Fortunately, tropical cyclones are handled well by today’s global numerical models and are watched closely by the National Hurricane Center. So as long as you’re keeping tabs on the forecast from day to day, you’ll have plenty of time to relocate your airplane inland if a storm suddenly appears in the forecast.

While weaker systems don’t present much of a hazard to aviation, the spiral bands on the leading edge of many tropical cyclones contain lines of severe thunderstorms caused by the highly sheared environments that develop in this area. These can cause extreme turbulence, heavy icing, and all the other factors associated with thunderstorms. Also, it’s essential to be aware that even well inland, the rain area with a slow-moving, landfalling hurricane can be quite extensive and be even more hazardous to fly in than you might otherwise expect.

Visibility And The Tropics

The prevalent source of obscuration to visibility is, of course, fog. Radiational fog is by far the most common type of fog in a tropical air mass and is found mainly in areas where rains have occurred the previous day, followed by strong cooling under clear skies. These fog layers don’t grow very deep in the tropics and tend to be patchy, rapidly clearing with morning heating.

Haze is also common in the summer. For the most part, it occupies the lower half of the troposphere, topping out at about 10 to 15,000 feet in the atmosphere, with a clear blue sky above. A widespread misconception is that haze is tied to air from tropical latitudes. Sometimes hazy, humid air can arrive from the tropics, especially when forest fires or slash and burn activity pollutes portions of the tropics. However, stagnant, recirculated air trajectories from inland regions of the eastern United States have been identified as one of the leading sources of haze events. Consider that if the tropics were, in fact, hazy all the time, Caribbean cruises and beaches in Cancun wouldn’t be that pleasant.

A common occurrence during the summer is the occasional arrival of Saharan dust, which for North America mostly originates from the Sahel. This dust is not made up of sand grains but actually consists of nearly invisible microscopic clays. As the ITCZ shifts north into western Africa, thunderstorm complexes develop and can kick up vast amounts of dust. This is carried westward by the tropical easterlies toward the Caribbean basin over several days. From here, the dust either continues east into Central American and the Pacific, or bends northwest toward the United States, especially into Texas, Louisiana, and sometimes Florida.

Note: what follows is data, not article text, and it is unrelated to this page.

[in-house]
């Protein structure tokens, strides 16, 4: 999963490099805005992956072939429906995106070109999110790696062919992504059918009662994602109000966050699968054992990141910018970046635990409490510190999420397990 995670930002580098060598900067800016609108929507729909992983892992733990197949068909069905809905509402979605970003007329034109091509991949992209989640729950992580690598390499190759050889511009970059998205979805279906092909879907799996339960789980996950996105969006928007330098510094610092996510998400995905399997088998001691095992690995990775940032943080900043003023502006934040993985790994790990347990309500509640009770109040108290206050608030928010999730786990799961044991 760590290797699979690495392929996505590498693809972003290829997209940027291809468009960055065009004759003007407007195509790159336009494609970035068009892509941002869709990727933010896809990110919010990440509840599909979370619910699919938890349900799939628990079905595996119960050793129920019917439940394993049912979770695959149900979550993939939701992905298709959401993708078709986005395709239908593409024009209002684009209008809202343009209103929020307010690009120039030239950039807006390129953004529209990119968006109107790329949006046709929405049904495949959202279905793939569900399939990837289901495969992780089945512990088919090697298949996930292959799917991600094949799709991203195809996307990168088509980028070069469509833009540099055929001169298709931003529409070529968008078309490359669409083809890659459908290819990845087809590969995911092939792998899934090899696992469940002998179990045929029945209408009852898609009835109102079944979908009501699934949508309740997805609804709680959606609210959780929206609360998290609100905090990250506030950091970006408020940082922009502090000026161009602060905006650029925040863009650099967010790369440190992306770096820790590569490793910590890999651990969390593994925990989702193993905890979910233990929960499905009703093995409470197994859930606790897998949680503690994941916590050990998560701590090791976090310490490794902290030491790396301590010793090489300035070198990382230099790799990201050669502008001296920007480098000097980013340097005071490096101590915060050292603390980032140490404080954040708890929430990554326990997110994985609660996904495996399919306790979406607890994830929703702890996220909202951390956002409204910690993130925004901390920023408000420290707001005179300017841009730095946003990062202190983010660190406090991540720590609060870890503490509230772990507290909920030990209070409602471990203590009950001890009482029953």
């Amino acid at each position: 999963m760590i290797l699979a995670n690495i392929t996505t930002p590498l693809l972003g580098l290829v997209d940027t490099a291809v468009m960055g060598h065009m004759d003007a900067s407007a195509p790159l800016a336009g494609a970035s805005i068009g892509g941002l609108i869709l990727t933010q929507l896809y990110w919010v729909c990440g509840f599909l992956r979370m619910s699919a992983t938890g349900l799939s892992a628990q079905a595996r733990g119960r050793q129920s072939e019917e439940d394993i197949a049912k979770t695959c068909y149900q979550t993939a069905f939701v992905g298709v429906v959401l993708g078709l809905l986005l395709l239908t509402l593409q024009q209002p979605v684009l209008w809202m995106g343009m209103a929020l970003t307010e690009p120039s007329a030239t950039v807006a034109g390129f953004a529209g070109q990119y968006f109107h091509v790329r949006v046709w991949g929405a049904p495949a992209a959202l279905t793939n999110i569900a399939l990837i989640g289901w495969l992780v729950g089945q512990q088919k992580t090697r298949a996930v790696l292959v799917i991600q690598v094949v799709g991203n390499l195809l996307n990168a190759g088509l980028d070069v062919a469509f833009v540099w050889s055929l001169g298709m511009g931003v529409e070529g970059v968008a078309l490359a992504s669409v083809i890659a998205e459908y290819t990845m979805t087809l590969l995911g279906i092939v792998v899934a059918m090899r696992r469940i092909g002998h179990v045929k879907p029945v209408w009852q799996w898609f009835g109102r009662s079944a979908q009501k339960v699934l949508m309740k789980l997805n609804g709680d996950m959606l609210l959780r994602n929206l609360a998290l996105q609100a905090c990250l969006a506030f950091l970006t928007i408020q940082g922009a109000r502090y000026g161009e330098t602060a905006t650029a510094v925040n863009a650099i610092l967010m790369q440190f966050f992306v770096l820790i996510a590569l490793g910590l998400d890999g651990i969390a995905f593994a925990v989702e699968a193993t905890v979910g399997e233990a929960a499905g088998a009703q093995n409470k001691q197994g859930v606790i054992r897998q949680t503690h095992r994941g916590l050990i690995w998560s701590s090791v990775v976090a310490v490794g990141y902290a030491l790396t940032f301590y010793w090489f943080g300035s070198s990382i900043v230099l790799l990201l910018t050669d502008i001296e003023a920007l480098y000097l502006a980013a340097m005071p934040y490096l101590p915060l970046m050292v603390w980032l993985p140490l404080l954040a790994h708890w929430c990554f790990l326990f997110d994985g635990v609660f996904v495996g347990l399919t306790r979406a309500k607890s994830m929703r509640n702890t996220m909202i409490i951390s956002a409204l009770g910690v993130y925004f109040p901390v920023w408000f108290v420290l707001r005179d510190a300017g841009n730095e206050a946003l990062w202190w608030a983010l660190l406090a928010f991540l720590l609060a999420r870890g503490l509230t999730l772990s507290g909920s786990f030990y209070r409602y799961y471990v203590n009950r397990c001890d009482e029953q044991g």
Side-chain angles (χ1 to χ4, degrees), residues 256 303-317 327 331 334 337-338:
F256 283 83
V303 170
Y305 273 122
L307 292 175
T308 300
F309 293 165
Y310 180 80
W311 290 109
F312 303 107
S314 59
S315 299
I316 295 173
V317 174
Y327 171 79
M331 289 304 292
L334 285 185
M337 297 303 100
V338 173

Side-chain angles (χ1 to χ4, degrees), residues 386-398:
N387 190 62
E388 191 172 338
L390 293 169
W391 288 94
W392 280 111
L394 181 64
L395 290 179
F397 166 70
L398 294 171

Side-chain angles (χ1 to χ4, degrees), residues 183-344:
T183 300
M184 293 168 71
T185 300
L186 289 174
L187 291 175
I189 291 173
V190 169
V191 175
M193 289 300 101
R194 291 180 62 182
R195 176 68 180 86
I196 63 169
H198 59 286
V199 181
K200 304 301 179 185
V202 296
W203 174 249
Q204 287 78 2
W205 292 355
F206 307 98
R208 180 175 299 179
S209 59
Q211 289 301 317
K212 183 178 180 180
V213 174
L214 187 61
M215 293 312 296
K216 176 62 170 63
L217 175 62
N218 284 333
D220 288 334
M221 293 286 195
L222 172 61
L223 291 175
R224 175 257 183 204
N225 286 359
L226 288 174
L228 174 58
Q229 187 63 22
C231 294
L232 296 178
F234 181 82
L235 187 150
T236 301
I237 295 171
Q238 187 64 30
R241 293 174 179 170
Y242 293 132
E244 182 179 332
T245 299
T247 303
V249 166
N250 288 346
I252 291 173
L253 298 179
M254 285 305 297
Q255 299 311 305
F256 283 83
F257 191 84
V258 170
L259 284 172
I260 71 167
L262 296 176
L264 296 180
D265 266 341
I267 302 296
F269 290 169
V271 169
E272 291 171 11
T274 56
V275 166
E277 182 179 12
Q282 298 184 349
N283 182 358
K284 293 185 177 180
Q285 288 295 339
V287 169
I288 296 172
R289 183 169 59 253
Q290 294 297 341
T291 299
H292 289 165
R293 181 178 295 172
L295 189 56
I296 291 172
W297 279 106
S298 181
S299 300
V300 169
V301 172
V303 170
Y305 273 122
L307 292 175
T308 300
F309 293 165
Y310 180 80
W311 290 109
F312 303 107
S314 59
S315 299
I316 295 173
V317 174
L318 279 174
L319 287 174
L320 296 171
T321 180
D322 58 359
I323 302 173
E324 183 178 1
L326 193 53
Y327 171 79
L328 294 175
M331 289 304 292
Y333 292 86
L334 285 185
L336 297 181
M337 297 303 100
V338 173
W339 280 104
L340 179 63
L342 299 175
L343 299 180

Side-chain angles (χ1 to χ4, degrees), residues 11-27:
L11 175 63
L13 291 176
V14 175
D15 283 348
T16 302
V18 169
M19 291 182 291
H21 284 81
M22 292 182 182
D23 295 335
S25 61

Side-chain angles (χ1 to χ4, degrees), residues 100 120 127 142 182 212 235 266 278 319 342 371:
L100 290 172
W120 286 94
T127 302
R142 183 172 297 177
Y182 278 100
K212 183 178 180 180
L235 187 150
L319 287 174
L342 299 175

When Saharan dust is present, visibility can fall to as low as three miles, regardless of the time of day. In sunlight, the air is tinged with a pale yellowish- brown color, while the sun itself appears as a pale yellow disc. The dust usually moves on after 24 to 48 hours and is concentrated mainly in the lower 10,000 feet of the atmosphere. Since Saharan dust has very high albedo, visible satellite images are useful for finding them. During dust events, you can find the plumes, most commonly in July and August, between West Africa, the Caribbean, and onward to the Gulf of Mexico.


Finally, this brings us to flight hazards. These are mostly centered around precipitation areas and storms. These storms, like their springtime cousins, often contain wind shear and extreme turbulence. If you’re skeptical of the hazards from shear and turbulence around tropical thunderstorms, consider the crashes of the Pan Am 727 in New Orleans in 1982 and the Delta L-1011 at Dallas in 1985. These occurred deep within tropical air masses where wind shear was the cause. They appeared on July 9 and August 2, respectively.

However, icing can be a significant hazard in convective storms due to the very high amounts of supercooled water. Fortunately, with the high lapse rates and warm atmospheric conditions, the danger areas in summer are typically confined to the 15,000 to 20,000-foot band. Therefore, they do not affect most single-engine piston flights since they can remain well underneath. However, the dangerous icing conditions can be carried well above 20,000 feet in strong thunderstorms as large drops can be lofted to these levels by the updraft and may not undergo rapid freezing.

Many of your remaining hazards boil down to unplanned IMC. These will mostly be around the thunderstorm areas mentioned above, and on rare occasions, fog and Saharan dust will be one of those things bringing down visibility.